Dana Polanichka and Aubrey Westfall encourage quick communal writing sessions
Writing sometimes can feel like a lonely, laborious task rather than a joyous creative pursuit. However, that doesn’t have to be the case if it is done just right, according to an essay written by Professors Dana Polanichka and Aubrey Westfall recently published in The Chronicle of Higher Education.
In the Dec. 8, 2024 essay “Instead of a Writing Marathon, Why Not Try a Sprint?,” the two professors explain the benefits of writing in short bursts over time in a communal environment rather than alone in drawn-out sessions. They also describe the approach and the best time to do it.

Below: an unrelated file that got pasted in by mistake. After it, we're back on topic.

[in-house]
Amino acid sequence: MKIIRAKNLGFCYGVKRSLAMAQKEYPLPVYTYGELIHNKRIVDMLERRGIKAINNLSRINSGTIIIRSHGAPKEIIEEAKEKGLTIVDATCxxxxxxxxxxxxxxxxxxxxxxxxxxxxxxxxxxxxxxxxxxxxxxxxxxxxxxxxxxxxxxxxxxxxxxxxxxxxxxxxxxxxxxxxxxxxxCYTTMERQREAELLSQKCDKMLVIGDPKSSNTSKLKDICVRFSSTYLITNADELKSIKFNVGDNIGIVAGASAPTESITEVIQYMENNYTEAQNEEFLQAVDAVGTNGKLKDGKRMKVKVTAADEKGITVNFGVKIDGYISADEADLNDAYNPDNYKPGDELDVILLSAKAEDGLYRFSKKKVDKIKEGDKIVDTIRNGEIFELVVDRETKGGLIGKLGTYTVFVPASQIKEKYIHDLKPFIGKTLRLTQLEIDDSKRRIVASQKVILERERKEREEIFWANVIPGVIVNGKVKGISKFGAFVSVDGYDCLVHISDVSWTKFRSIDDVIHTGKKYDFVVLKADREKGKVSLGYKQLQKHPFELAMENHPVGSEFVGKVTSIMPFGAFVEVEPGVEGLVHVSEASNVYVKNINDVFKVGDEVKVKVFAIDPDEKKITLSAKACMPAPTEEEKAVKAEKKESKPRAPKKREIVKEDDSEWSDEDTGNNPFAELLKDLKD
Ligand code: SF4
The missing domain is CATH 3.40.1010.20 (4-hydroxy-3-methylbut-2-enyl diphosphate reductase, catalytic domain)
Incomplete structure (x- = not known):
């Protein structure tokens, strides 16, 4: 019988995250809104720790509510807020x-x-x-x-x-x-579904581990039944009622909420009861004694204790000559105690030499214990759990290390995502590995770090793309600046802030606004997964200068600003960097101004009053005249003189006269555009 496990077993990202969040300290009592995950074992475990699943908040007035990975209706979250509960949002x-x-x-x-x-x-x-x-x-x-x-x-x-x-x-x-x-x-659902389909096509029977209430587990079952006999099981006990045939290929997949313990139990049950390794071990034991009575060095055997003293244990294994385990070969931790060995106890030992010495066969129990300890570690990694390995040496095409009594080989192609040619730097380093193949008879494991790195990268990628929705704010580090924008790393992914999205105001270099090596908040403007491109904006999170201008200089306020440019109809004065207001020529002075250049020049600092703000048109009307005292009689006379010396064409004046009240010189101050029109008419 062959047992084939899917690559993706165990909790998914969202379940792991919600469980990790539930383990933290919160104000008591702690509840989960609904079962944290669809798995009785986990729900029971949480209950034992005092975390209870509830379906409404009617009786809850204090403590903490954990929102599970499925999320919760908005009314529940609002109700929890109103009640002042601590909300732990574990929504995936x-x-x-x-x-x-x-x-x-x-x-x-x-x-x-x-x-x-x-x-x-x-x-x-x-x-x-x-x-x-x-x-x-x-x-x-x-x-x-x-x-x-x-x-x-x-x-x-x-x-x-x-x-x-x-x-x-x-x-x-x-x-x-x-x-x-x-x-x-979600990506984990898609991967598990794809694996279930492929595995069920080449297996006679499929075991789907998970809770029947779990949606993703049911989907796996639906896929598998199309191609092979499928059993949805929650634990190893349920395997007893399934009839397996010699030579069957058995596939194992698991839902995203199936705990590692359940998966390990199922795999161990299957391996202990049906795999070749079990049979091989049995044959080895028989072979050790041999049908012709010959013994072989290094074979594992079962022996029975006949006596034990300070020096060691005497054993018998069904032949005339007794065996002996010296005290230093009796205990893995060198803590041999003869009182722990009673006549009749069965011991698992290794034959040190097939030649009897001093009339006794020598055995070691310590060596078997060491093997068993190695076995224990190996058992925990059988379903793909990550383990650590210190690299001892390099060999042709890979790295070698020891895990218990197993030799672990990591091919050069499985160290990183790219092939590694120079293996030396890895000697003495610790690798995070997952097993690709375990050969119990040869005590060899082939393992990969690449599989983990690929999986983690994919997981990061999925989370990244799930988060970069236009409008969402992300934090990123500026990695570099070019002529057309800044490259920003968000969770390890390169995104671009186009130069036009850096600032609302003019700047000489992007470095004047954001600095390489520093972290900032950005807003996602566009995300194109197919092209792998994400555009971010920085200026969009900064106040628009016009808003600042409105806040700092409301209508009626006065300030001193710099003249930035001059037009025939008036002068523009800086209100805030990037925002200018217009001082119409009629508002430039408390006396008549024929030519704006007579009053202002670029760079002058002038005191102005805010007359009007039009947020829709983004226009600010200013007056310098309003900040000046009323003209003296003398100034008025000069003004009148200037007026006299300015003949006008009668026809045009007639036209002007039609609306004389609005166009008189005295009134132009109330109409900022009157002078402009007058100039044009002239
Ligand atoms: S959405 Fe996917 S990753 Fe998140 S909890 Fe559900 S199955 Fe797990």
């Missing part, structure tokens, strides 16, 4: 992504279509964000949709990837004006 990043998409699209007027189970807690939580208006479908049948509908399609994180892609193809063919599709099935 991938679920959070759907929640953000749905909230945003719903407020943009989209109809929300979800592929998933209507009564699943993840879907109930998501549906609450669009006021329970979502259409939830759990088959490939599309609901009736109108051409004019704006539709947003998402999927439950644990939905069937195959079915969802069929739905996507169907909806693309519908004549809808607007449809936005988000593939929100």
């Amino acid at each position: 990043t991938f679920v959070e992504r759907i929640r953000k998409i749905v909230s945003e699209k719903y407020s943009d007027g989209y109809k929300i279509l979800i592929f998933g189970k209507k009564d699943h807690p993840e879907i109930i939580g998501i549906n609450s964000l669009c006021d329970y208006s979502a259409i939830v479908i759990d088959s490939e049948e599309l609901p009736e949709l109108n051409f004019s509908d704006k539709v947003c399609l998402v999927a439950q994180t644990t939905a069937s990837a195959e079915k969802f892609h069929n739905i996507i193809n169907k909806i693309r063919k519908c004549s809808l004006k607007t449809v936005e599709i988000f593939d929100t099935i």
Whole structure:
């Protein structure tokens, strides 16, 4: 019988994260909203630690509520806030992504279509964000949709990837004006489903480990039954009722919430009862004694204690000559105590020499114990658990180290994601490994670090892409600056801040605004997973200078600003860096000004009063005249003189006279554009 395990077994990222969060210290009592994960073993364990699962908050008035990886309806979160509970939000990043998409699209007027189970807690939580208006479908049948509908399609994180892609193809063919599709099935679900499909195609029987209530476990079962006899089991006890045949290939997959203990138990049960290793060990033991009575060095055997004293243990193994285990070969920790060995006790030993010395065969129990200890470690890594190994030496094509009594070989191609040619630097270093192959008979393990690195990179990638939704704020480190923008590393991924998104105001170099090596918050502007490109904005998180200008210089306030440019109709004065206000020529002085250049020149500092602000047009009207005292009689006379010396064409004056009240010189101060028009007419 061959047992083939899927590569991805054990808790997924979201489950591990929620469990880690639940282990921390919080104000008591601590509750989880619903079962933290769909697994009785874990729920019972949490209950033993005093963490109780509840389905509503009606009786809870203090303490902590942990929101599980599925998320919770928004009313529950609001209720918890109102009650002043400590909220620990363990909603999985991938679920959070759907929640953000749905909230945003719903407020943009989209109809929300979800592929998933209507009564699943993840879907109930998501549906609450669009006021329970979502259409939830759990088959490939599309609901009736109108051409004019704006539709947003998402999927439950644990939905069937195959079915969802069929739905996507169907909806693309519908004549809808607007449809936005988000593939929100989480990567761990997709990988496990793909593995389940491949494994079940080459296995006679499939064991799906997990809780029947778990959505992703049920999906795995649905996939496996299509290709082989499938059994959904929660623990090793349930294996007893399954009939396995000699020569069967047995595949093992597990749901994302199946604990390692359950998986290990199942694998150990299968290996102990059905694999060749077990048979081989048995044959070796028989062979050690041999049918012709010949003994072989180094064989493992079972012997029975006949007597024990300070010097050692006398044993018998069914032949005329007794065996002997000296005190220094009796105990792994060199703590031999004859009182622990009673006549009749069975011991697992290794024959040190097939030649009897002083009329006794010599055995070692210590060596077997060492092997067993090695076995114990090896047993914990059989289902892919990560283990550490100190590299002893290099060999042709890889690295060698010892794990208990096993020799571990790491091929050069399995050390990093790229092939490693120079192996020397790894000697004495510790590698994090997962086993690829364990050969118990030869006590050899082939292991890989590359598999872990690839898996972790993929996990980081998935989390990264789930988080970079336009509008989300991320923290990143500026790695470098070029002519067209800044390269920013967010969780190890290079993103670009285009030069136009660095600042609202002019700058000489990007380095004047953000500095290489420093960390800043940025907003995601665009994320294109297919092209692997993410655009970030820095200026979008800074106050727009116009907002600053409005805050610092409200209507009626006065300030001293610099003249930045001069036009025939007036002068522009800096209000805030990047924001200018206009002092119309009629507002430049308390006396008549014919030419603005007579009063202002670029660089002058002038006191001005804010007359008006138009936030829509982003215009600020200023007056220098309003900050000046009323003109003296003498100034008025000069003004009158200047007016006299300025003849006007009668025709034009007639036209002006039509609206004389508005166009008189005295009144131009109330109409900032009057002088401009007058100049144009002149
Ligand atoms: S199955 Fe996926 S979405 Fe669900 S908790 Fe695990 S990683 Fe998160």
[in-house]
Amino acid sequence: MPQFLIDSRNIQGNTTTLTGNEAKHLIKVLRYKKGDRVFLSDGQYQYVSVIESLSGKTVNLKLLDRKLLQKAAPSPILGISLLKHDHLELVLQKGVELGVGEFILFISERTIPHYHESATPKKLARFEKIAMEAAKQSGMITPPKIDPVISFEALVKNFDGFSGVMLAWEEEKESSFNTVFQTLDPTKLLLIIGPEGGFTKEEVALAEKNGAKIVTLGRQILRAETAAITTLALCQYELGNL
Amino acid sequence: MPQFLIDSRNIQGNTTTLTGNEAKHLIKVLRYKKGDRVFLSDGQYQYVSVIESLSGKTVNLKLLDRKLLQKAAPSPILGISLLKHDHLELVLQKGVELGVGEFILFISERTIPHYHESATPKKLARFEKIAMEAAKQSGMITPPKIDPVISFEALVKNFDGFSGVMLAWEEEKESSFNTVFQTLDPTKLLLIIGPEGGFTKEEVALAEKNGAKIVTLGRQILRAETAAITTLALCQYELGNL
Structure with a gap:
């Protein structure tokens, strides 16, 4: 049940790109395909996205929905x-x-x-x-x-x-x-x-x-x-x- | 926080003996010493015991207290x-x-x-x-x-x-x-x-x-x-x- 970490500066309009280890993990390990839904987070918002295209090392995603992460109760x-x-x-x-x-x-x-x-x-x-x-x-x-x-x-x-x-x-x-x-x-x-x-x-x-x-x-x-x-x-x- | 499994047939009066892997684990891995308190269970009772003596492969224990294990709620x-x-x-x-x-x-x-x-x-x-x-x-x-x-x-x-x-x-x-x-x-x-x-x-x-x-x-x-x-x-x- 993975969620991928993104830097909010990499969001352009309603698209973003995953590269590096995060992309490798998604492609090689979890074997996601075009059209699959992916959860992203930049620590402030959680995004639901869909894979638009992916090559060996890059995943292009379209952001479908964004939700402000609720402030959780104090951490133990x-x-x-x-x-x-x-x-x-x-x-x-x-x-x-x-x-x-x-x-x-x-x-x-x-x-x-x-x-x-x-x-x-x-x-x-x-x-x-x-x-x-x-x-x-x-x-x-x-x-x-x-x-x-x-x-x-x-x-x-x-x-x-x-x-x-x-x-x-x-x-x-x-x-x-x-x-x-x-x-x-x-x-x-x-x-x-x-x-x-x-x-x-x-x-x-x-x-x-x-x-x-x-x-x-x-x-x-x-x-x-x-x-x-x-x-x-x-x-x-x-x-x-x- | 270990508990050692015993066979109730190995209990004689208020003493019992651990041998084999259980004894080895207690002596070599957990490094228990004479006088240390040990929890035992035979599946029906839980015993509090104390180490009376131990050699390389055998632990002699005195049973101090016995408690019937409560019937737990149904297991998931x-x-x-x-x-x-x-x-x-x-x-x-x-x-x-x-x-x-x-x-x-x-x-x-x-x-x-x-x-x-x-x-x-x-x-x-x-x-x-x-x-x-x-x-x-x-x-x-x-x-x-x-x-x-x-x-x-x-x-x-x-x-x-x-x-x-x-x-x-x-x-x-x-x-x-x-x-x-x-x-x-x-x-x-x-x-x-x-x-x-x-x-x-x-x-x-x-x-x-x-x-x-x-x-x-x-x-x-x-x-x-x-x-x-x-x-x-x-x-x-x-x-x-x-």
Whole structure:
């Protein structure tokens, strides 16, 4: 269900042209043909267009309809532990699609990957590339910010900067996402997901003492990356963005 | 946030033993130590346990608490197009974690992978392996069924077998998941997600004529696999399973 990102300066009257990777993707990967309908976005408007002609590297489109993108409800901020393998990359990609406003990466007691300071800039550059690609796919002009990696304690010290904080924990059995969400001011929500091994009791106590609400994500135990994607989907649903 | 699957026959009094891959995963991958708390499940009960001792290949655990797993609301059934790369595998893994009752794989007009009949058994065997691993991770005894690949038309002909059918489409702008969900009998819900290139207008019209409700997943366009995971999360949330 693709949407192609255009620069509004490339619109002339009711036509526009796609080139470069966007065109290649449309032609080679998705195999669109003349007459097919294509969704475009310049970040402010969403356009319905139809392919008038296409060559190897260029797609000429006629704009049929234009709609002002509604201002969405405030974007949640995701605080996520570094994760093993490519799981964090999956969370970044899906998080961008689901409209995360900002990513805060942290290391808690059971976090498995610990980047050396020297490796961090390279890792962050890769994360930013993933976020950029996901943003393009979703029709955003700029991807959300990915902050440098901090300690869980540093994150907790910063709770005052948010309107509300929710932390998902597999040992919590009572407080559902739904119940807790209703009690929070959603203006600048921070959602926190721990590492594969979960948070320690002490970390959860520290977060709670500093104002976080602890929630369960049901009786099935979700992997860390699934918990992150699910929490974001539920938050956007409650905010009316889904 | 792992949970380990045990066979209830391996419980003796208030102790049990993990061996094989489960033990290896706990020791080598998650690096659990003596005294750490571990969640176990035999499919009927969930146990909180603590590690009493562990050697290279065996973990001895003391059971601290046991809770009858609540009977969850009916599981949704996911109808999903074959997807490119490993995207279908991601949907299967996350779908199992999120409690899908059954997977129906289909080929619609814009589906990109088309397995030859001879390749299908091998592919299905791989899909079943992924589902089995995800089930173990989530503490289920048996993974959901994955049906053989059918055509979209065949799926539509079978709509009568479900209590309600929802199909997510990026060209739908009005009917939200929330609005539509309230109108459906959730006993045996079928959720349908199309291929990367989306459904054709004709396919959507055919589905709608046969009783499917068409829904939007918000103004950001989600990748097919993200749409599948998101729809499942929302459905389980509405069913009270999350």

Polanichka, professor of history, and Westfall, associate professor of political science, collaboratively lead Wheaton College’s Write Now, Right Now (WNRN), an initiative that Polanichka started in 2016. WNRN provides a community writing room that is a hub for a variety of faculty research and creative work.
While Polanichka and Westfall value devoting extended time to projects that require long-term commitment to complete and away-from-campus writing retreats, they also encourage the addition of a “sprint” approach “for a writing practice intended to motivate over a short period of time. It offers an energizing metaphor with an implied finish line.”
Sprints can also be more affordable than going away to write in isolation and a more sustainable way of achieving writing goals, they wrote: “Our tested group sprints have helped professors achieve their writing goals and build scholarly community—at a lower expense and with greater ease than off-site writing retreats.”